Hat tip to downturn for seinding this in from claimsjournal.com:
Michael Davies wanted to see a home for sale in western Michigan. The visit left him with a broken ankle, wrist and elbow.
Davies blamed his real estate agent for his four-foot fall in a dark garage at a Barry County house that had no electricity at the time. But the Michigan appeals court says it’s a case of potential buyer beware: The agent is not liable for the injuries.
The court last week said agent Sandra Johnson and Greenridge Realty did nothing to create the hazardous condition in 2008 and had no duty to inspect the house to look for possible pitfalls.
There’s no indication in the decision whether Davies bought the house – or kept his agent. A message seeking comment was left with his lawyer.
Everyone’s a victim these days…. The dummy knew the electricity was off. He knew he couldn’t see. Who’s fault was that?
Operating a life under the influence of stupidity.
what a doofas. Agent cannot save you from everything.
Nice to see the court throw that bum out.
If the agent knew the power was off should the agent have suggested bringing a flashlight? Did the agent tell the person looking that the power was off? If so a rational person would get a flashlight.
I had to click on the article link to make sure that the photo you used for this post wasn’t actually a picture of the property and situation described.
That structure would benefit from some bold use of graffiti… hmm, I wonder if anyone has ever done an interative “housing bubble/bust” blog where participants can vent their spleens by way of defacing a pic de jour.
I sprained my ankle looking at a short-sale in Carlsbad. I mentioned it to the selling agent that they should get the stairs fixed but didn’t sue anyone.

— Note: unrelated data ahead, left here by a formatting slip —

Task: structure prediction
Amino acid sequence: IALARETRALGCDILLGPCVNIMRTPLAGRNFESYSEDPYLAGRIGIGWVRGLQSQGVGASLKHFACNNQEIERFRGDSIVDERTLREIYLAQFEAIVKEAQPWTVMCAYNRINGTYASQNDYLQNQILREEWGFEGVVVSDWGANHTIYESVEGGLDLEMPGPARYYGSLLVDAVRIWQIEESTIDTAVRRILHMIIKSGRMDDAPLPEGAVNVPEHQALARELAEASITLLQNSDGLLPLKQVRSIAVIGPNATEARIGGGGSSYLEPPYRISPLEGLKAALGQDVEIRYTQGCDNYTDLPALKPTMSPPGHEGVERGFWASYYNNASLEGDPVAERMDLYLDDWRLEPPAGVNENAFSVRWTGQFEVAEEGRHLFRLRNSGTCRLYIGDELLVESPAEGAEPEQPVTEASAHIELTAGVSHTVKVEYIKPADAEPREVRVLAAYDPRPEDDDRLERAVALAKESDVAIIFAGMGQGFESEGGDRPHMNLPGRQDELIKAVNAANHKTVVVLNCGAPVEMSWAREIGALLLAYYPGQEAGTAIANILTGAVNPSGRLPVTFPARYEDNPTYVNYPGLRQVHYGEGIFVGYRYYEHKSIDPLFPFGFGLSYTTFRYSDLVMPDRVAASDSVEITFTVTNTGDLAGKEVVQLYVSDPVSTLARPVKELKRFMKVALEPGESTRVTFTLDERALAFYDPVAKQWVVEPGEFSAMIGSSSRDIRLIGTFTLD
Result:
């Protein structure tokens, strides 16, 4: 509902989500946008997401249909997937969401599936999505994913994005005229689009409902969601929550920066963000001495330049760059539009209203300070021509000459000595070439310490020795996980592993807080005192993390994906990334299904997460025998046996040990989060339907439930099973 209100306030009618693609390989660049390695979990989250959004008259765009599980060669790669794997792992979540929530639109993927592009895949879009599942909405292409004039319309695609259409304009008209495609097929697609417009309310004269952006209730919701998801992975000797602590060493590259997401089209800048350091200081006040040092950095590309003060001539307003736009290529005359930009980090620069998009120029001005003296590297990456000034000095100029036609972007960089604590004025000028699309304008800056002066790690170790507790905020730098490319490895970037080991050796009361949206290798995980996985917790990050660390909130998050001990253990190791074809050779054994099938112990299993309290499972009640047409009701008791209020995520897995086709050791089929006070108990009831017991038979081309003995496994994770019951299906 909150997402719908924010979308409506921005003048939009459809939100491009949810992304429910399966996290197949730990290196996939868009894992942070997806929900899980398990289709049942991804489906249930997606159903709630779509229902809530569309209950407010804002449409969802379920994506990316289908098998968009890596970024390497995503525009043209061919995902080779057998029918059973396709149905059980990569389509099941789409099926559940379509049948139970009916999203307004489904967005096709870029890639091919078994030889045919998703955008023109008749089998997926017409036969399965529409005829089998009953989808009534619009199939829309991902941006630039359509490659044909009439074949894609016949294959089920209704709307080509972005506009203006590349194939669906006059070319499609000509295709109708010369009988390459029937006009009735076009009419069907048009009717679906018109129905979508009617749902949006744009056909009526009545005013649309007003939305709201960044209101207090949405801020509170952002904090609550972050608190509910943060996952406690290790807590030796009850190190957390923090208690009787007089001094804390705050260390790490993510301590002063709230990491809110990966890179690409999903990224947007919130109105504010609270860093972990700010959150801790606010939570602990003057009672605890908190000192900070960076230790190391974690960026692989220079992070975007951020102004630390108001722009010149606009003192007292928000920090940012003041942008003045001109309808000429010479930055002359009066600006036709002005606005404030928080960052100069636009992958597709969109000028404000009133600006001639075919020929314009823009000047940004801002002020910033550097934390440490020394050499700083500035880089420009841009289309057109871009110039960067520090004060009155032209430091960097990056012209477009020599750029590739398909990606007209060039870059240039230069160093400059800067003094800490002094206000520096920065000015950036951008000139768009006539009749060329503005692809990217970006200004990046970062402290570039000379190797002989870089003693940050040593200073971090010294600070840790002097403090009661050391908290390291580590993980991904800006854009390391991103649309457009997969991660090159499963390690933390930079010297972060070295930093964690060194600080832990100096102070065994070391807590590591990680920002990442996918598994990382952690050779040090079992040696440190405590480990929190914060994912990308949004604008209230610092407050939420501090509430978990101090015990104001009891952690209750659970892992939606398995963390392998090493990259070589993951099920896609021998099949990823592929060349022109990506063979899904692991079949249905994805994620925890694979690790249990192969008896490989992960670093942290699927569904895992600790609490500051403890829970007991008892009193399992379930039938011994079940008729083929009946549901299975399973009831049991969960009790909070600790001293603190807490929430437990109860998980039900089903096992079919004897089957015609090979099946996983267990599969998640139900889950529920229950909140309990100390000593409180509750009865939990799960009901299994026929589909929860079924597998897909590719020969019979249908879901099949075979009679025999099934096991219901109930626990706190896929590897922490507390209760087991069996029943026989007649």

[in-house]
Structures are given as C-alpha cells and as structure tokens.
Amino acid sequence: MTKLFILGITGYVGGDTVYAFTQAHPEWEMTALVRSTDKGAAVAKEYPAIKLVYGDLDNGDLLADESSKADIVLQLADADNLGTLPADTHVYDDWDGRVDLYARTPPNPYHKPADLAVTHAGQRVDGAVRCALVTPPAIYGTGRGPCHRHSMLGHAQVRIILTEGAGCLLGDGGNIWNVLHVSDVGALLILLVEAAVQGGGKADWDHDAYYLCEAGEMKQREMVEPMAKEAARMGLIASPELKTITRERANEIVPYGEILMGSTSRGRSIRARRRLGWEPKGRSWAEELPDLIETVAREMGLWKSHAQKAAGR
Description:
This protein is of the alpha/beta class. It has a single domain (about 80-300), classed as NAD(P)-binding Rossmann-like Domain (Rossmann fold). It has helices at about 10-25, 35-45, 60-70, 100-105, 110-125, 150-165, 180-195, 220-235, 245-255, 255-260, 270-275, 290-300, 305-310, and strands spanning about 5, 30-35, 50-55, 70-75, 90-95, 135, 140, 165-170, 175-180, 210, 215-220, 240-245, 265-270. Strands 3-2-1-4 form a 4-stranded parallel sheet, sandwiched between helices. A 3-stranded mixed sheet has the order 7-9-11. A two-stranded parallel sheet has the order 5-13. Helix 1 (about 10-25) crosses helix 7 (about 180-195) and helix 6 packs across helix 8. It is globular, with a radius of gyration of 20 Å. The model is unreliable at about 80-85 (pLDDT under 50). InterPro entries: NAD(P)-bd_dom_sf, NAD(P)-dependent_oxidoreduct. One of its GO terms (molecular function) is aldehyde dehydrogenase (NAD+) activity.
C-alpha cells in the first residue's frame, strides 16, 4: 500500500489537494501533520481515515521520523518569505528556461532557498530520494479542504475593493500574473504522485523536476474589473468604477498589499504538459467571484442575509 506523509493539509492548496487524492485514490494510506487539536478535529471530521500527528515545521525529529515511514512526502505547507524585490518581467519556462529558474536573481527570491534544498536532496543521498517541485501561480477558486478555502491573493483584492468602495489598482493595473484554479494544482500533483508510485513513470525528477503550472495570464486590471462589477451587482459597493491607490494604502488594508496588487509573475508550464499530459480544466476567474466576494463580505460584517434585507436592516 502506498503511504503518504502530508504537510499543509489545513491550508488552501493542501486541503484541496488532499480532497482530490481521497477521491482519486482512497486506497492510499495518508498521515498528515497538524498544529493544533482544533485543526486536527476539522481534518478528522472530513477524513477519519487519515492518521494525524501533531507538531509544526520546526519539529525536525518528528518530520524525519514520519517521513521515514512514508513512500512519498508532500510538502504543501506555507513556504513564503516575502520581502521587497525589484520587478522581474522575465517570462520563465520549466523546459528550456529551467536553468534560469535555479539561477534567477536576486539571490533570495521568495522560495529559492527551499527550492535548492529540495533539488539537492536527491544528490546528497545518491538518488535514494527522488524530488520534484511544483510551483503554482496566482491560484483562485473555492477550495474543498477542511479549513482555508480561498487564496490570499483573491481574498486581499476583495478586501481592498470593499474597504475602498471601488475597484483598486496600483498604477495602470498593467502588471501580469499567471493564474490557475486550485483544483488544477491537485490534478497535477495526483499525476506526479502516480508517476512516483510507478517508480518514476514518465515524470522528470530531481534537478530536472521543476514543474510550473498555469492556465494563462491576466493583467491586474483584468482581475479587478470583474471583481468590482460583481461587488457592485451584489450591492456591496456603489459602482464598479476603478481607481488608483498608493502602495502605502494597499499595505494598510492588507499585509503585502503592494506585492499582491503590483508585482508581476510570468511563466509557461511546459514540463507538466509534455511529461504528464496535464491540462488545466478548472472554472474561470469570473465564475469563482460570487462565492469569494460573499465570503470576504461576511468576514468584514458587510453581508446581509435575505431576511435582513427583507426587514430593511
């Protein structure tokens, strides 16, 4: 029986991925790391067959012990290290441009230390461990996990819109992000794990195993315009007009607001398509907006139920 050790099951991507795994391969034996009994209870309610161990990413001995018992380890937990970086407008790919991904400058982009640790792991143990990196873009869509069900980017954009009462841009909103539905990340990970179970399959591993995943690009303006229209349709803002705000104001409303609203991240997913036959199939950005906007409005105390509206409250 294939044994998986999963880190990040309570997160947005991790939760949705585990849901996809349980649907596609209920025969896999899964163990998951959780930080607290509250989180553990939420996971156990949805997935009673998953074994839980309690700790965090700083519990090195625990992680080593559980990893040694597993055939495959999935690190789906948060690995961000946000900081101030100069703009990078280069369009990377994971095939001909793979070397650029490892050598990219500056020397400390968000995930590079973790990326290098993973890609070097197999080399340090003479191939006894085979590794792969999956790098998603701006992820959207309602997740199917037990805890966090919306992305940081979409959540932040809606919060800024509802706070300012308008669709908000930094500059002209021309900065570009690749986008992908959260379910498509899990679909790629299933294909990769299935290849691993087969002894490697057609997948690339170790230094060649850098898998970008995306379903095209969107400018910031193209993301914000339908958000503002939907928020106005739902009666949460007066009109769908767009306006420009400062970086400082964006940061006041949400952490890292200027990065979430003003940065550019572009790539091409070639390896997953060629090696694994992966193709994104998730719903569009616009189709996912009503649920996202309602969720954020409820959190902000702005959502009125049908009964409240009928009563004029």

For all the readers who have been frustrated with Bank of America recently, here’s something that will make you laugh: The banking giant just accidentally gave a Detroit man $1.5 million. It doesn’t look like the bank will be recovering the funds anytime soon, either.
Ronald Page, a BofA customer whose checking account supposedly only had a few hundred dollars, didn’t receive any insufficient funds notifications when he attempted to make cash withdrawals at the ATM. In fact, he didn’t even receive the traditional alert that he had reached his daily withdrawal limit. Instead, a rare ATM error allowed him to continually take out as much cash as he pleased at ATMs and casino cash windows.
So what did Page do with the money? Invest it and change his name? Squirrel it away in a Swiss bank account and leave the country? This was no criminal mastermind. This was just a man who stumbled on a treasure, and his luck appeared to stop once his ATM card dispensed the cash. He gambled it all away at three Michigan casinos. Now, he’s facing federal charges, and it looks like he’ll wind up in jail.
The story is laughable on both sides. It’s hard to believe that any checking account holder could believe that he would get away with collecting that much cash (and lose it that quickly). However, I think Bank of America looks even more foolish here. With all the advanced banking technology, you would expect the institution to catch on to the problem relatively quickly, but it took the Charlotte-based bank 15 days to put a stop on Page’s account. For a corporation that has seemed so concerned about profits for shareholders, that seems like quite a long time to let a rogue account holder drain his nonexistent cash flow.
I think it’s fairly safe to assume that BofA won’t be able to cash in on these overdraft fees or out-of-network ATM charges.
Read more: ATM error costs BofA big time | Bankrate.com http://www.bankrate.com/financing/banking/atm-error-costs-bofa-big-time/#ixzz21zKbd2YU